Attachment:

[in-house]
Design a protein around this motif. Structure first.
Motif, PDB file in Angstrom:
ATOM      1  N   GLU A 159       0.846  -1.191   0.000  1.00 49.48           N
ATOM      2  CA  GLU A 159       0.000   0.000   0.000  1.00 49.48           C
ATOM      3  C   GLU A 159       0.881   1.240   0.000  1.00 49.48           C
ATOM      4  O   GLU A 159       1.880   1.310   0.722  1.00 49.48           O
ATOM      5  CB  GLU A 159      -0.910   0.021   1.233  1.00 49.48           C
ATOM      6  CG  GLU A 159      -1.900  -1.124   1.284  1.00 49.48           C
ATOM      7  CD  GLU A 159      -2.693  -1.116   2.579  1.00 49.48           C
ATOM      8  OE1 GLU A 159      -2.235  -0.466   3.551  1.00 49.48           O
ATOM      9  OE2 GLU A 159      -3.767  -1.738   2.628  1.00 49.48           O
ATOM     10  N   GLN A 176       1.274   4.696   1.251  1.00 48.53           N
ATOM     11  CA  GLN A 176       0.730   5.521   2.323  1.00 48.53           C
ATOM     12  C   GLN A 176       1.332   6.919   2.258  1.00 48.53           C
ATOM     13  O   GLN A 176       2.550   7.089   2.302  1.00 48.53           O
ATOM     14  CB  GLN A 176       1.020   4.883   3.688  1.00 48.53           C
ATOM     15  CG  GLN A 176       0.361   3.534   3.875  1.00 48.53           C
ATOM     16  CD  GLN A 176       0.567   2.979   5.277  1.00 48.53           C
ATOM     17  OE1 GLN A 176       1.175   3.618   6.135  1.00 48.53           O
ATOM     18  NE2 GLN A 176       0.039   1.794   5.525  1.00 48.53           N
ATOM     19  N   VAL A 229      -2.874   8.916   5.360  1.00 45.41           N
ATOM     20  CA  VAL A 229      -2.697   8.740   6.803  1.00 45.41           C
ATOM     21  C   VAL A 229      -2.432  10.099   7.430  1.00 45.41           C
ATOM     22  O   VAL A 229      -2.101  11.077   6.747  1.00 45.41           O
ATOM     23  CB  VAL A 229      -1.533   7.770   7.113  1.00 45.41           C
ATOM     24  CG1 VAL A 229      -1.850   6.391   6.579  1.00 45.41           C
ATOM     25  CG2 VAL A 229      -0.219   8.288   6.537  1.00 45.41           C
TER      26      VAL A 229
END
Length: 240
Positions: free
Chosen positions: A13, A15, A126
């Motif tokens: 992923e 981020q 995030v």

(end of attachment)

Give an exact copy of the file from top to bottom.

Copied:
[in-house]
Design a protein around this motif. Structure first.
Motif, PDB file in Angstrom:
ATOM      1  N   GLU A 159       0.846  -1.191   0.000  1.00 49.48           N
ATOM      2  CA  GLU A 159       0.000   0.000   0.000  1.00 49.48           C
ATOM      3  C   GLU A 159       0.881   1.240   0.000  1.00 49.48           C
ATOM      4  O   GLU A 159       1.880   1.310   0.722  1.00 49.48           O
ATOM      5  CB  GLU A 159      -0.910   0.021   1.233  1.00 49.48           C
ATOM      6  CG  GLU A 159      -1.900  -1.124   1.284  1.00 49.48           C
ATOM      7  CD  GLU A 159      -2.693  -1.116   2.579  1.00 49.48           C
ATOM      8  OE1 GLU A 159      -2.235  -0.466   3.551  1.00 49.48           O
ATOM      9  OE2 GLU A 159      -3.767  -1.738   2.628  1.00 49.48           O
ATOM     10  N   GLN A 176       1.274   4.696   1.251  1.00 48.53           N
ATOM     11  CA  GLN A 176       0.730   5.521   2.323  1.00 48.53           C
ATOM     12  C   GLN A 176       1.332   6.919   2.258  1.00 48.53           C
ATOM     13  O   GLN A 176       2.550   7.089   2.302  1.00 48.53           O
ATOM     14  CB  GLN A 176       1.020   4.883   3.688  1.00 48.53           C
ATOM     15  CG  GLN A 176       0.361   3.534   3.875  1.00 48.53           C
ATOM     16  CD  GLN A 176       0.567   2.979   5.277  1.00 48.53           C
ATOM     17  OE1 GLN A 176       1.175   3.618   6.135  1.00 48.53           O
ATOM     18  NE2 GLN A 176       0.039   1.794   5.525  1.00 48.53           N
ATOM     19  N   VAL A 229      -2.874   8.916   5.360  1.00 45.41           N
ATOM     20  CA  VAL A 229      -2.697   8.740   6.803  1.00 45.41           C
ATOM     21  C   VAL A 229      -2.432  10.099   7.430  1.00 45.41           C
ATOM     22  O   VAL A 229      -2.101  11.077   6.747  1.00 45.41           O
ATOM     23  CB  VAL A 229      -1.533   7.770   7.113  1.00 45.41           C
ATOM     24  CG1 VAL A 229      -1.850   6.391   6.579  1.00 45.41           C
ATOM     25  CG2 VAL A 229      -0.219   8.288   6.537  1.00 45.41           C
TER      26      VAL A 229
END
Length: 240
Positions: free
Chosen positions: A13, A15, A126
């Motif tokens: 992923e 981020q 995030v």